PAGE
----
To create a script, you'll use a series of dialogs. A script is a series of actions, drawn from a list of about 30 choices. For example, you can give or remove creatures, artifacts, skills, spells, experience, and materials. When you add an action to a script, you get a dialog showing the various properties of the action, such as the target, and how much or what to change.

The most important new actions are the conditional and question actions. If the condition is true, or the player answers "yes", the game executes one set of actions. If not, it executes a different set. This means that the storyline can follow the player's actions much more closely than was possible before.

There are roughly 20-30 things you can test in a conditional, such as whether a specific hero, skill, creature, or artifact is present. You can also test variables that you set in actions, so you can record whether the player has accomplished a task, or visited a location.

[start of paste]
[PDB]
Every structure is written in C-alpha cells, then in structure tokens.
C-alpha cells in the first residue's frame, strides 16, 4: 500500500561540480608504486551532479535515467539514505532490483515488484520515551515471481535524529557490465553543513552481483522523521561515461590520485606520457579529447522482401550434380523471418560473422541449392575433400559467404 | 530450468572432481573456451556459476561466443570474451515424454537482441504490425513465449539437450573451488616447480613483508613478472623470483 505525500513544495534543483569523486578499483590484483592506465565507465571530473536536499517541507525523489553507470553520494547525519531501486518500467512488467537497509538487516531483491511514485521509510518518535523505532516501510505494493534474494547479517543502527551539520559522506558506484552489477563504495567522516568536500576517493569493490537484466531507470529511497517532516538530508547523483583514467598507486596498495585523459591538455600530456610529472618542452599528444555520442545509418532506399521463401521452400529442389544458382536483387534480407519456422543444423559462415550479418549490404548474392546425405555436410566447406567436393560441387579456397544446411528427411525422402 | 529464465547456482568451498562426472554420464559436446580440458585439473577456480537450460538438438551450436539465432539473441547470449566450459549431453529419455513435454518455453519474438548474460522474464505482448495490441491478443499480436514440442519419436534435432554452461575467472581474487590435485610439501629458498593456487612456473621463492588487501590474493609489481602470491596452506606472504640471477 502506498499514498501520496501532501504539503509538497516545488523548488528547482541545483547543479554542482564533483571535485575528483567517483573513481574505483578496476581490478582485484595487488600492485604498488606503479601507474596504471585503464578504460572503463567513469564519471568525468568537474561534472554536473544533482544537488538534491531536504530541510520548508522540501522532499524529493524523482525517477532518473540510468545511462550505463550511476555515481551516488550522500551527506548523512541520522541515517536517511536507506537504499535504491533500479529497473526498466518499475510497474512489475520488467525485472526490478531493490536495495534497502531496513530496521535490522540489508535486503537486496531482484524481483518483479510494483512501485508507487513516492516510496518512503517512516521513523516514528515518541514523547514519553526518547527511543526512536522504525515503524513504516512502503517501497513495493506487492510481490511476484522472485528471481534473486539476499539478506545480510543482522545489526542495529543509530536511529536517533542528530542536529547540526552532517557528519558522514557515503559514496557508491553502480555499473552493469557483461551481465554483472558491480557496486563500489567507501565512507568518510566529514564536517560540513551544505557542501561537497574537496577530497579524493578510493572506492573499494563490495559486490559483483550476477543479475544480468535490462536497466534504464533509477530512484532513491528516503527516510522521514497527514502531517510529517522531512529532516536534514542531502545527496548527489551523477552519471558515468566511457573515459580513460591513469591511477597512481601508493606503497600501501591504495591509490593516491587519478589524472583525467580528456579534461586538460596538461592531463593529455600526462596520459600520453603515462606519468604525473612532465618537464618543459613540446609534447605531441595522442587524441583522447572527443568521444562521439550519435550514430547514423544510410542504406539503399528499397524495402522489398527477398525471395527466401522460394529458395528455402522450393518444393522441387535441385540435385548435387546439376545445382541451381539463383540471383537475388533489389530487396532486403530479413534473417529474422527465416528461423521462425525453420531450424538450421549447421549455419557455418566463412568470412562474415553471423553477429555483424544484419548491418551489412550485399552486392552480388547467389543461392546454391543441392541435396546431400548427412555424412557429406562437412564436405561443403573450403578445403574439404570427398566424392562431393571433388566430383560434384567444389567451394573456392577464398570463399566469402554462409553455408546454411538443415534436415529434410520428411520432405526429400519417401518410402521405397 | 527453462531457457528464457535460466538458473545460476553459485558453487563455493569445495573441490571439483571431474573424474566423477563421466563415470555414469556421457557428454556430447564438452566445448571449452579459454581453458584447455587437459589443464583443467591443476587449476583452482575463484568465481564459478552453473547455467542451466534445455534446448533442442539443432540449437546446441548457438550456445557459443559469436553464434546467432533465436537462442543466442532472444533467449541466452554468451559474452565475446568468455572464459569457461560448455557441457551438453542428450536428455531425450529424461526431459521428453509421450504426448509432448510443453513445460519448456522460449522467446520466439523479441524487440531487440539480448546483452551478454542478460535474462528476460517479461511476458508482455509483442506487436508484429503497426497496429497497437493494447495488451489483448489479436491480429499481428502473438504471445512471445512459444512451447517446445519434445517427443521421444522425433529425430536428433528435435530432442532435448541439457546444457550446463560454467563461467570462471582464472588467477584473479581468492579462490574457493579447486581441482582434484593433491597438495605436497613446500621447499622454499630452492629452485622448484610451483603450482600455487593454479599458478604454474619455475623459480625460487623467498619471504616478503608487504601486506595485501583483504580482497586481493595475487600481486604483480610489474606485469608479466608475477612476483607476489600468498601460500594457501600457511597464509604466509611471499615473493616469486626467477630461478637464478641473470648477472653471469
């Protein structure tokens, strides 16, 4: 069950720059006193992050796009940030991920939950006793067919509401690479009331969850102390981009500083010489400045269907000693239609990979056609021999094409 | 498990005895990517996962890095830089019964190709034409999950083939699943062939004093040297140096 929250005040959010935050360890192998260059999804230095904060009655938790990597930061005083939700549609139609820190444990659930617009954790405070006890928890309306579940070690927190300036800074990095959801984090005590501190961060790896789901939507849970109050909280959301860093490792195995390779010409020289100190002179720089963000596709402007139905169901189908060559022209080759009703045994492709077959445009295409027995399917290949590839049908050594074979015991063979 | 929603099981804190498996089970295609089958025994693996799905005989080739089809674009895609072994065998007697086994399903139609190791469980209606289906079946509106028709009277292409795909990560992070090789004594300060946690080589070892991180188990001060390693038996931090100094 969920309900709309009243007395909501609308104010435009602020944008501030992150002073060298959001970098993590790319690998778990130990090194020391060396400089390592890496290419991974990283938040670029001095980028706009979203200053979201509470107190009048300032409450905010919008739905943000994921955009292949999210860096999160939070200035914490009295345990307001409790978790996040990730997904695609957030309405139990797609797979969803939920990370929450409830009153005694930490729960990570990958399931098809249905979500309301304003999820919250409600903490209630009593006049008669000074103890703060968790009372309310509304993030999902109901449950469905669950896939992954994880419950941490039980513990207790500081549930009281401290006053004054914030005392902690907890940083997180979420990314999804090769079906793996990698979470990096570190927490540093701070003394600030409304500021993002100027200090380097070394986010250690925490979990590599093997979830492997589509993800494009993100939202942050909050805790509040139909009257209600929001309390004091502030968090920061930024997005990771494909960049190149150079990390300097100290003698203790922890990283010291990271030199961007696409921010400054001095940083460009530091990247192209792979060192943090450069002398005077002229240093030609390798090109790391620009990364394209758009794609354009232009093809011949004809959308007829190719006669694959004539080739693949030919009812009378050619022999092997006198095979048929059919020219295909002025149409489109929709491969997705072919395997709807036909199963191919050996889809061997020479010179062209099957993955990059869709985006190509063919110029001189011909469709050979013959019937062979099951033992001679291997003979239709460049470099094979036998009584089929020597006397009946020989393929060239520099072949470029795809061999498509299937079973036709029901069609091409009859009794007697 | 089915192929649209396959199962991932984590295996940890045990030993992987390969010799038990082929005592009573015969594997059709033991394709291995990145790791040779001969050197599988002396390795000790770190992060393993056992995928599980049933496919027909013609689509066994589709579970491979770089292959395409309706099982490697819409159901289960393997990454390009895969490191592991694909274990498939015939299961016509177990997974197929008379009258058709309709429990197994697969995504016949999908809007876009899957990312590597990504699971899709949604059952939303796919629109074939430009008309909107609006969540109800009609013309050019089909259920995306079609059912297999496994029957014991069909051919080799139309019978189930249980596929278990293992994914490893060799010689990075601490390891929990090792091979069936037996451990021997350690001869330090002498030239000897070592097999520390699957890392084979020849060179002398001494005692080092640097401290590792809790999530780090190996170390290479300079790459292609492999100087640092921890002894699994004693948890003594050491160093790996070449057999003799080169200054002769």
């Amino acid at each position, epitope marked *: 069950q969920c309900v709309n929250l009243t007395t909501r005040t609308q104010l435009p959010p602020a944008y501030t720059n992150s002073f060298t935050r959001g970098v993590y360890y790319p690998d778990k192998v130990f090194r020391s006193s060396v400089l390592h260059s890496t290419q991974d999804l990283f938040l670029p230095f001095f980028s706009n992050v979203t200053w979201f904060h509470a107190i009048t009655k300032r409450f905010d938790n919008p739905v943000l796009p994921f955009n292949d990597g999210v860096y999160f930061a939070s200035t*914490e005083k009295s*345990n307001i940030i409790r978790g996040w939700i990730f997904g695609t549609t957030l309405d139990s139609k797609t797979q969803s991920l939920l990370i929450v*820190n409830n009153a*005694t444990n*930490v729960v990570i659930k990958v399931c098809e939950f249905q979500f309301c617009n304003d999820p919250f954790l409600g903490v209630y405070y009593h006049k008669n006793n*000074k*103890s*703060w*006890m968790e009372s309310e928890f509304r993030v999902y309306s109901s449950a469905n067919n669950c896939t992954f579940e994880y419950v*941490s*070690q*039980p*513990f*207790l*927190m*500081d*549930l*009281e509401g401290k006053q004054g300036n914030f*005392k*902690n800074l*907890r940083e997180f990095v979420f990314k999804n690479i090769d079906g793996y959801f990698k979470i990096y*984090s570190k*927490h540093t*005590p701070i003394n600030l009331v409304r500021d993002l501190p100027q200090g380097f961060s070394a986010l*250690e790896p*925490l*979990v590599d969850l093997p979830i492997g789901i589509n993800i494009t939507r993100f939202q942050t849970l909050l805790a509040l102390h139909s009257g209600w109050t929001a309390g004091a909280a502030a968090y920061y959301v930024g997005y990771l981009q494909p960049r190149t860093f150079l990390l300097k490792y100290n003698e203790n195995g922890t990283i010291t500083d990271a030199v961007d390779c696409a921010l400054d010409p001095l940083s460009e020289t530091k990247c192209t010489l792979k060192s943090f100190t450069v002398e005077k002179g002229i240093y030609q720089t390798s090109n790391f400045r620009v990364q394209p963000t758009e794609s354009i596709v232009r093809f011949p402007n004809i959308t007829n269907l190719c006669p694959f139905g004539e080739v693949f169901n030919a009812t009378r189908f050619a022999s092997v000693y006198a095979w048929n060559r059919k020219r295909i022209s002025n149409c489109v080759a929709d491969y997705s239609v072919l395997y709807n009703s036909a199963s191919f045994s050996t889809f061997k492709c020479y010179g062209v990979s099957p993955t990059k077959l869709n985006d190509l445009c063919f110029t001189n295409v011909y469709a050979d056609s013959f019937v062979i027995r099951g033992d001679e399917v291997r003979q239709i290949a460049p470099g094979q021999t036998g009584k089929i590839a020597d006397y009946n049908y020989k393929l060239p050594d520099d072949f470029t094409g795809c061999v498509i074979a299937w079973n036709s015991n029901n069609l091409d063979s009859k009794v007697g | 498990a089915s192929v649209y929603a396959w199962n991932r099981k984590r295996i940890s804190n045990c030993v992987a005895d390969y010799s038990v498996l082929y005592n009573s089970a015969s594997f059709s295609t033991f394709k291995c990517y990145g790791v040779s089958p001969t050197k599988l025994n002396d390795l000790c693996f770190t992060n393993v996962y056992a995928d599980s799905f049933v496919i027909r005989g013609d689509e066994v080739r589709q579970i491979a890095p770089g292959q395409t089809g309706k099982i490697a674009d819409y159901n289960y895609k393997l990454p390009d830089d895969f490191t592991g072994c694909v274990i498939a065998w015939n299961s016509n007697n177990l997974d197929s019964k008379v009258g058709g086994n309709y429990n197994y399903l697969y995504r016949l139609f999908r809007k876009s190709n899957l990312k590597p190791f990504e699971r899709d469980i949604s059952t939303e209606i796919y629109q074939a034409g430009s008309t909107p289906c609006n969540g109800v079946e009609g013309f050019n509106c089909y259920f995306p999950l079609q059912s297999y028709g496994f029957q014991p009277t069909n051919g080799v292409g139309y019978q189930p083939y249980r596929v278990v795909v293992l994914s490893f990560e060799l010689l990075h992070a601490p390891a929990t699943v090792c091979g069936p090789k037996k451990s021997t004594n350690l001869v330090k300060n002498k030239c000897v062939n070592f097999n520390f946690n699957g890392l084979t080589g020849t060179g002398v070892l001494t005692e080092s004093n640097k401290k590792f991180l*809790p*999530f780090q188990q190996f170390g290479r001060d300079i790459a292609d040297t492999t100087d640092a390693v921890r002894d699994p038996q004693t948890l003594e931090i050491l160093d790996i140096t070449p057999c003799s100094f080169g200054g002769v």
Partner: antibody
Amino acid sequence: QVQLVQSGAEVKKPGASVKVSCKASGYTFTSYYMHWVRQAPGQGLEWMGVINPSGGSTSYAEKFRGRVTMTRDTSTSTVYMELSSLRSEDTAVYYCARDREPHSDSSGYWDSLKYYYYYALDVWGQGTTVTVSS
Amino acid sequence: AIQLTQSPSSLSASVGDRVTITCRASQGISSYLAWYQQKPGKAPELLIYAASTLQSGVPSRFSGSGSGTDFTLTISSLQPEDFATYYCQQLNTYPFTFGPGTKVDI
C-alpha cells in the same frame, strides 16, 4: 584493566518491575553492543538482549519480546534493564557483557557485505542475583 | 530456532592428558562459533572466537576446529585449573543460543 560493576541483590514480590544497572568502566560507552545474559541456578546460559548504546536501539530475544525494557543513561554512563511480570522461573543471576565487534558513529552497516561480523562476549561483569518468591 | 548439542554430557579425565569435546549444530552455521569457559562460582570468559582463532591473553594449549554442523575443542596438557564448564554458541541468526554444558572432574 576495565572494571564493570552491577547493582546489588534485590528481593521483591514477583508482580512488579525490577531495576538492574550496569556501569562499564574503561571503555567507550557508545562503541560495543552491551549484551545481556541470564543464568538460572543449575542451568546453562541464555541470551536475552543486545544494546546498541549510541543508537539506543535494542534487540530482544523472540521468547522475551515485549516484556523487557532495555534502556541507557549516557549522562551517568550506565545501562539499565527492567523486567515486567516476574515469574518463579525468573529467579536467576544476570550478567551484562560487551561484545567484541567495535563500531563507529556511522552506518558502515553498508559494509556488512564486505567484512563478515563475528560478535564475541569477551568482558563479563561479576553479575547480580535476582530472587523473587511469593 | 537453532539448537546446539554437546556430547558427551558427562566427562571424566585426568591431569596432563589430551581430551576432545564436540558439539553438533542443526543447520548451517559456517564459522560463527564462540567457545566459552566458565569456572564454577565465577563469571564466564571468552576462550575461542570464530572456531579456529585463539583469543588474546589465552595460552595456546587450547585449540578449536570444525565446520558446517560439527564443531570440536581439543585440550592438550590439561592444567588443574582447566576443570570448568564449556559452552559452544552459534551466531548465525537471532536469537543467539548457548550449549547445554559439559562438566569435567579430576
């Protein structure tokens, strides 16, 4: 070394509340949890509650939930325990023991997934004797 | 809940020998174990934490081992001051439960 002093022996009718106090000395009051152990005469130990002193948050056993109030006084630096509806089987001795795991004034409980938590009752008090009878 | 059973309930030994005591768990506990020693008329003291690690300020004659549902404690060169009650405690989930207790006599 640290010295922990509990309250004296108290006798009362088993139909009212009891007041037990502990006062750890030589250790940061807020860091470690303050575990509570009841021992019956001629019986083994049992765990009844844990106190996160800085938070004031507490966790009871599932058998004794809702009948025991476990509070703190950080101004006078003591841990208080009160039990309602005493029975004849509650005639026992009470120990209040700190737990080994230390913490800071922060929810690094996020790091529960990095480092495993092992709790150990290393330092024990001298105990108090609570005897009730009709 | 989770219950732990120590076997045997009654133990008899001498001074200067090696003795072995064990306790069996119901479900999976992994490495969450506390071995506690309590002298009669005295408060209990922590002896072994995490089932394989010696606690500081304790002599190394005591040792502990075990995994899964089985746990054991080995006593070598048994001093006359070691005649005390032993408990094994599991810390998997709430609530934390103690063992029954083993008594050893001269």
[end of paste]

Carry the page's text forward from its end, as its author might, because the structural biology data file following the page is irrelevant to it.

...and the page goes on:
In general, anything you could do in a Pandora's Box, placed event, town event, or timed event can be done with a script.

Fnord:
The map editors included with Heroes keep getting better and better with each new game and every expansion pack released. Features such as a terrain height editor have been mentioned, as well as customizable object palettes. Could you elaborate on these new features and explain how they might be used, along with any other new features that the Heroes IV map editor will incorporate?

Gus:
The terrain height editor lets you raise and lower land on the adventure map. You select the tool, and how large an area you would like to affect, and you drag the terrain up or down. There are restrictions on the changes you can make, so that you can't create a slope so steep that you cannot see the squares on the far slope.

The result is more natural looking terrain. The 3D effects may not be strongly apparent unless you're looking at a shoreline, but you'll always notice the variations in shading of the terrain.